I look at this gold-coloured house key with cautious anticipation. It may be a small bit of metal with sharp grooves and notches, but it packs an emotional wallop! Will it be the last house key I have on my chain or is it just another one in a collection of many I’ve had over the years?
According to Dr. Brené Brown, the single emotion people are most afraid of is joy. Seriously. We are collectively conditioned to wait for the other shoe to drop, so we never fully appreciate the moments of joy when they are right in front of us. We anticipate with more surety the promise of disaster or, at the very least, failure. Joy is terrifying.
I don’t want to be afraid of my joy and this house key represents my opportunity to overcome my history, my fear and lean into and fully embrace gratitude. Only then will I fully understand joy.
The journey to this one key is found in all of the keys before it:
The house to which I was born in Saint John, New Brunswick, where my mum was a nurse and my dad worked at the sugar refinery and I spent my days with my grandmother.
The tiny two-bedroom townhouse in married student housing in Watertown, Massachusetts, where I moved with my dad, pregnant mum and little sister so my dad could attend Harvard to earn his business degree.
The split-level ranch house just outside Cleveland where I was initiated into the lifestyle of quintessential (read: tacky) 1970s suburbia, with dads gone through the work week and cheesy neighbourhood gatherings on the weekends.
The house in North Toronto where my mother thought wallpapering the dining room ceiling and putting indoor-outdoor carpet in the kitchen was some kind of interior design statement – it was, and it was not good!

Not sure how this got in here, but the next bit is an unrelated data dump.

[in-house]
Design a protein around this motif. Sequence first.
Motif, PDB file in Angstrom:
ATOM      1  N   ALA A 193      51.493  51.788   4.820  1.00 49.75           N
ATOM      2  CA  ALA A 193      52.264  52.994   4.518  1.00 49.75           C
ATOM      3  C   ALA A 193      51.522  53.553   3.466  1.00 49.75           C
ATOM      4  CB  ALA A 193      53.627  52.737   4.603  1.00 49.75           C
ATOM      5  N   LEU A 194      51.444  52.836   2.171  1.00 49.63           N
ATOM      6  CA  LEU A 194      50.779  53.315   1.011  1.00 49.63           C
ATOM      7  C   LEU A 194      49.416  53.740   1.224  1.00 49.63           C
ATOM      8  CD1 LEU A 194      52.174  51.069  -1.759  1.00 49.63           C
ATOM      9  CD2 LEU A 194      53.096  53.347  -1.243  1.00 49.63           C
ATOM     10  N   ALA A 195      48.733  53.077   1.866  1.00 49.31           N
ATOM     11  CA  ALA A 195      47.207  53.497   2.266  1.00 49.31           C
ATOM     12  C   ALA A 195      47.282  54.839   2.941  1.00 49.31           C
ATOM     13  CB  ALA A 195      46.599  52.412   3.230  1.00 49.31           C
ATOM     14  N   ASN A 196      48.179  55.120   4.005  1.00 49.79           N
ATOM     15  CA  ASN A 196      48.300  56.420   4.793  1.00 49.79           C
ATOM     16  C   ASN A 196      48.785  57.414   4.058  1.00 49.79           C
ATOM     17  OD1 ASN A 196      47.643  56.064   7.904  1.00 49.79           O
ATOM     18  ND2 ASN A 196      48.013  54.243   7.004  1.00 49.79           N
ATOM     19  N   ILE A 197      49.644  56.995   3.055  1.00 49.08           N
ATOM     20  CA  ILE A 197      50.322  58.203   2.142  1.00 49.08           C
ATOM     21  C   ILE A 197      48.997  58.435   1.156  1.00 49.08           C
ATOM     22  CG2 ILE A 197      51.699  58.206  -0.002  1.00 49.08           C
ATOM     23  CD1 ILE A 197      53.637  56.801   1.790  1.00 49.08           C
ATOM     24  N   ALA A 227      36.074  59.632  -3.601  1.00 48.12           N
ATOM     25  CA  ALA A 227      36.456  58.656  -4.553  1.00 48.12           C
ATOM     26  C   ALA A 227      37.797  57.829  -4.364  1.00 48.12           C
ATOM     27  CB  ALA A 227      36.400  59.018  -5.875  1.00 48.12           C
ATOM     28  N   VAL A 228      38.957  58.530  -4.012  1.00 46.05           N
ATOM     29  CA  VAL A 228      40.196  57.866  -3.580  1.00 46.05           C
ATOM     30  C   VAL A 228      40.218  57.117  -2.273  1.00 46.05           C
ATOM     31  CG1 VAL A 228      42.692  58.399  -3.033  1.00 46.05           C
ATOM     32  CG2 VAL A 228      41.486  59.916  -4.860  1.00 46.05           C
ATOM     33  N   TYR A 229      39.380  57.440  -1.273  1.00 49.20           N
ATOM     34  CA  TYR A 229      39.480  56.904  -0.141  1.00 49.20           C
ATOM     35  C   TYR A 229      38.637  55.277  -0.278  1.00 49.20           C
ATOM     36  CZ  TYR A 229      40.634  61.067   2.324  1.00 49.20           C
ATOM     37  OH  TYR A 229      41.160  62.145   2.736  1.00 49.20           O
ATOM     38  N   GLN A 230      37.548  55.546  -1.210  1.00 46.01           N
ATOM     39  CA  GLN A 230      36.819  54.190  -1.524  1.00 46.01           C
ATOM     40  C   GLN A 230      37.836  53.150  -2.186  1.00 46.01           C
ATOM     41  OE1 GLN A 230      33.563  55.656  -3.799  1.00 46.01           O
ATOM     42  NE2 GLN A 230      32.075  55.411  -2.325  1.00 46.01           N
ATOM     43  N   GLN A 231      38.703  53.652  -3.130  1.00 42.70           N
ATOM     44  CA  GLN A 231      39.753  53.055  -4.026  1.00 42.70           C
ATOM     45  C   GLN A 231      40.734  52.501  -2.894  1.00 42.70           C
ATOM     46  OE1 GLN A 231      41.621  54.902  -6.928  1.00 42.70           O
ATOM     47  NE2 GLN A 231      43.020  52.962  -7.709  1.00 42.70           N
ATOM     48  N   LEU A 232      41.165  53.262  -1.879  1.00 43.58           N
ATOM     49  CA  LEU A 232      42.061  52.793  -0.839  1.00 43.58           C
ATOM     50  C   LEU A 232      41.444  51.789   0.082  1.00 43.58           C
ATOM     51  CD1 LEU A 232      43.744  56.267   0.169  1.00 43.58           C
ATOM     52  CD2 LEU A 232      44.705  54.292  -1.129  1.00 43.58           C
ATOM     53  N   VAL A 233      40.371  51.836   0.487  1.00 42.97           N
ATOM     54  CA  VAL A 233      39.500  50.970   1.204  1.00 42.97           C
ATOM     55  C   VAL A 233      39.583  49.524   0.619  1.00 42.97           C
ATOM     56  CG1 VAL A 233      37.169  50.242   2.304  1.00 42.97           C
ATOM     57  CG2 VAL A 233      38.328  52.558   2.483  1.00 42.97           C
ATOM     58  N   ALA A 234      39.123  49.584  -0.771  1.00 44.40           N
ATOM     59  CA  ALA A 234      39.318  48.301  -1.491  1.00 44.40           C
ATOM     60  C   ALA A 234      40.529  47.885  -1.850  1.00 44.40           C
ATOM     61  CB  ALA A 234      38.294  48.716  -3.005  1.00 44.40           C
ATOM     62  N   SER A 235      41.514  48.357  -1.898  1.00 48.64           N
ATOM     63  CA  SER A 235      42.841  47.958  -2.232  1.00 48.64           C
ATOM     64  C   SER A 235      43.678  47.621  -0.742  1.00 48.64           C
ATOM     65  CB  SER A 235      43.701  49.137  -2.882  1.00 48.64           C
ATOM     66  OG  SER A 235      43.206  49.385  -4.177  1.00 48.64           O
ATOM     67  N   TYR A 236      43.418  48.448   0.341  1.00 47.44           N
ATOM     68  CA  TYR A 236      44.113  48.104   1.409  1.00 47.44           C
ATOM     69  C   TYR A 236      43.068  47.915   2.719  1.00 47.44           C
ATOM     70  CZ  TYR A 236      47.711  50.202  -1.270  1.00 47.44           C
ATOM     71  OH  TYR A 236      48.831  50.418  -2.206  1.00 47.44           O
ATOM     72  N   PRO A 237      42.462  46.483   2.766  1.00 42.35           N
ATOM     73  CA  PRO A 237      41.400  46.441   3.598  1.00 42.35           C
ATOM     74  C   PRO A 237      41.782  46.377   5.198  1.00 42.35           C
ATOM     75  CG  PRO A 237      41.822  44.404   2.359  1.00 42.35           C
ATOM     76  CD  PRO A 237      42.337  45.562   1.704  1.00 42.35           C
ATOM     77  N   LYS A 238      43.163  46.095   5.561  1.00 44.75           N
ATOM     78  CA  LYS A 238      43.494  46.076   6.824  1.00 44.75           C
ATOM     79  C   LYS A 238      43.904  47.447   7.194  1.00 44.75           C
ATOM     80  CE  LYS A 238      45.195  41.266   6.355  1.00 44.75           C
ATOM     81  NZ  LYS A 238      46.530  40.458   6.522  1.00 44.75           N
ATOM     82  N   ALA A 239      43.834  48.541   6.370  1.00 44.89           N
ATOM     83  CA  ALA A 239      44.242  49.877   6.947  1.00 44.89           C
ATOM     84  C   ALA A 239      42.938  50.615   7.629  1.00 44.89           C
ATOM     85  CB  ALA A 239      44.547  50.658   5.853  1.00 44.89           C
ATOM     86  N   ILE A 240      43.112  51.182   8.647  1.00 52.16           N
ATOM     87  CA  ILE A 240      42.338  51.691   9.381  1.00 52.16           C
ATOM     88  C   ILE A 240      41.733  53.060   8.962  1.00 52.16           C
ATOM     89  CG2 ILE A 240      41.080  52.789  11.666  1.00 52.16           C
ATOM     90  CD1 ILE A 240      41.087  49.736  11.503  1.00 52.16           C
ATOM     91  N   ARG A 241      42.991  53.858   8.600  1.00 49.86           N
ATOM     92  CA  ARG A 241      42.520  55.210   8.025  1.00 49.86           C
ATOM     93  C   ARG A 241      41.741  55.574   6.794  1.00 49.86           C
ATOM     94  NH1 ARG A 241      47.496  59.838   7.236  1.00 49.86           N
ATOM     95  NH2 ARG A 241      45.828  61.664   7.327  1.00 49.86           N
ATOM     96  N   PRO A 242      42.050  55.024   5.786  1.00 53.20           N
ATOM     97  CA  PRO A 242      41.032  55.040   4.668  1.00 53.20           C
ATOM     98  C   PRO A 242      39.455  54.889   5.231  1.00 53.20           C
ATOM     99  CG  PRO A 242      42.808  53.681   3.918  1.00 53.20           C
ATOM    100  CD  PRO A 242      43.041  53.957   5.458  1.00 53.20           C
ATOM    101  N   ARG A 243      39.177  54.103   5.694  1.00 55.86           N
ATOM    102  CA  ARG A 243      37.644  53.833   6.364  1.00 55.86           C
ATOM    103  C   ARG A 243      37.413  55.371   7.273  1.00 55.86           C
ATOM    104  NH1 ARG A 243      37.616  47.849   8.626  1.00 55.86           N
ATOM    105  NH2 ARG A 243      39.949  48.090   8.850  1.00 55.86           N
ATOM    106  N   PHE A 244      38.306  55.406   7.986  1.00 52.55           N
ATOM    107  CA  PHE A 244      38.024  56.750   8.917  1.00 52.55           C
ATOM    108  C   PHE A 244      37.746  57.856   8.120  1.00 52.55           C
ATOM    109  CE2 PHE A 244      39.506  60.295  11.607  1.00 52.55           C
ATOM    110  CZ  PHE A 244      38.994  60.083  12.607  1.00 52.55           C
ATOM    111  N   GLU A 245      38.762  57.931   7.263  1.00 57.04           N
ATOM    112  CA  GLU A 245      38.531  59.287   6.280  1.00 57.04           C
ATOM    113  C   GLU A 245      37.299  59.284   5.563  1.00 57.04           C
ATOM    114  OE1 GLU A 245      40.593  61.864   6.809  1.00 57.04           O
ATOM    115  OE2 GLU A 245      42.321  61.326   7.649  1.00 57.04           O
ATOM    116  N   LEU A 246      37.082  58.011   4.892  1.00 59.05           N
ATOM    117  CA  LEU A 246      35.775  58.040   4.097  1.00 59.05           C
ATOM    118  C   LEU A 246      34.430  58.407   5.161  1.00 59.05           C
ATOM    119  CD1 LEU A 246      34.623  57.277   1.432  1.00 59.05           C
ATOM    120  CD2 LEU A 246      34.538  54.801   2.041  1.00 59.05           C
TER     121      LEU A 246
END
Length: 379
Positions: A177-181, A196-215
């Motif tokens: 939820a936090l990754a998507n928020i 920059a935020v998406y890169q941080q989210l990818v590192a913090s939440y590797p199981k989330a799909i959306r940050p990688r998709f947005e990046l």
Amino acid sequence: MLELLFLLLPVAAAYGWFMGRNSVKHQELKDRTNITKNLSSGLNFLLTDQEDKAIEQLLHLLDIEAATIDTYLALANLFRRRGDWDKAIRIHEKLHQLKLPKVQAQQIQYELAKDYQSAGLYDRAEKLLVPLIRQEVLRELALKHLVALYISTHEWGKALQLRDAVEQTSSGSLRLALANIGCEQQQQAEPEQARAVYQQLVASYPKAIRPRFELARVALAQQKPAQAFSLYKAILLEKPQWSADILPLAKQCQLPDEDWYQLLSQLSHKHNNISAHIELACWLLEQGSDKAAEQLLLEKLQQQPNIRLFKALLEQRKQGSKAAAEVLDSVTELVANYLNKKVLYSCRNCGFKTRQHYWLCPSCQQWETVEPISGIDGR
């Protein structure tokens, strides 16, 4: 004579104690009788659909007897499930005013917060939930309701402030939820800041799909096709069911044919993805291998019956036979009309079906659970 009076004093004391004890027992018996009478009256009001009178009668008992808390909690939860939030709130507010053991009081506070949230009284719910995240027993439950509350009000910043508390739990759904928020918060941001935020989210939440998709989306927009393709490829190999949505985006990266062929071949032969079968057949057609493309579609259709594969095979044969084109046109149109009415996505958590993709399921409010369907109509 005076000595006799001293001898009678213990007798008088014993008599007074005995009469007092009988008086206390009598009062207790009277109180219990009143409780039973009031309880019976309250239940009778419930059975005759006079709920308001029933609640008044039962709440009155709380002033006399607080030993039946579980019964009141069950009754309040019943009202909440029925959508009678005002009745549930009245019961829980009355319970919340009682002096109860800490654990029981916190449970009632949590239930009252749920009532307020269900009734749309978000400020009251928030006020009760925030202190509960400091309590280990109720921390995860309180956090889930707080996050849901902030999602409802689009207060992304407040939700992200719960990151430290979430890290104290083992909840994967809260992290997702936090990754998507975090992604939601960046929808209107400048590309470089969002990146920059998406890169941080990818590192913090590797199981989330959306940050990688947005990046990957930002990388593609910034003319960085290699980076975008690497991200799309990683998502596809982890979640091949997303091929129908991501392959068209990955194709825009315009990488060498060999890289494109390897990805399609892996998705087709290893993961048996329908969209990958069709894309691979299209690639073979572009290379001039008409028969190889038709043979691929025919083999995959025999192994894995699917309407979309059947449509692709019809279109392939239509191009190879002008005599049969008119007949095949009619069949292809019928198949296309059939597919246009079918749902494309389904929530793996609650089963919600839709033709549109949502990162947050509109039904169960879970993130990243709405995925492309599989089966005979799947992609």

The house in the Chicago suburbs with the pool, the ping-pong table and the basketball net in the barn.
The other house in Toronto, which would become home base until I left for boarding school six years later.
Then there were no keys since in the all-girls school of 165 students the idea of privacy was absurd. My rooms at university had keys, but who ever thought to use them? We never had anything of any value to steal so why bother locking up?
My first job took me to Buffalo, New York, and a full-on transient existence with various roommates and a boyfriend or two. There were plenty of house keys but the only keys that mattered opened office doors. A favourite key was the one I got when I bought my first house after my transfer to Calgary: a sweet bungalow where I housed my fiancé-then-husband, then first baby and a second soon after.
Another transfer brought us to Ontario where I had three more keys to houses that welcomed two more children, survived one bout with cancer, endured one near-death experience, lost one business, and initiated one divorce.
This key? This key is so much more than a bit of metal with sharp grooves and notches. This key opens the door to a home, as I no longer live in just a house. This key opens the door to my home.
Lee Currie is a mother of four growing-up-too-fast teens in Oakville, Ontario. As her time becomes more her own to enjoy, she is discovering activities that feed her mind and soothe her soul. This new chapter no longer consists of constant cooking, folding laundry or birthday party planning, but, holds space for writing, meditation and evenings out with girlfriends. There is, of course, the added benefits of replacing the old Ikea furniture and chipped dishes. She writes about her every day, almost every day, at Linar Studio.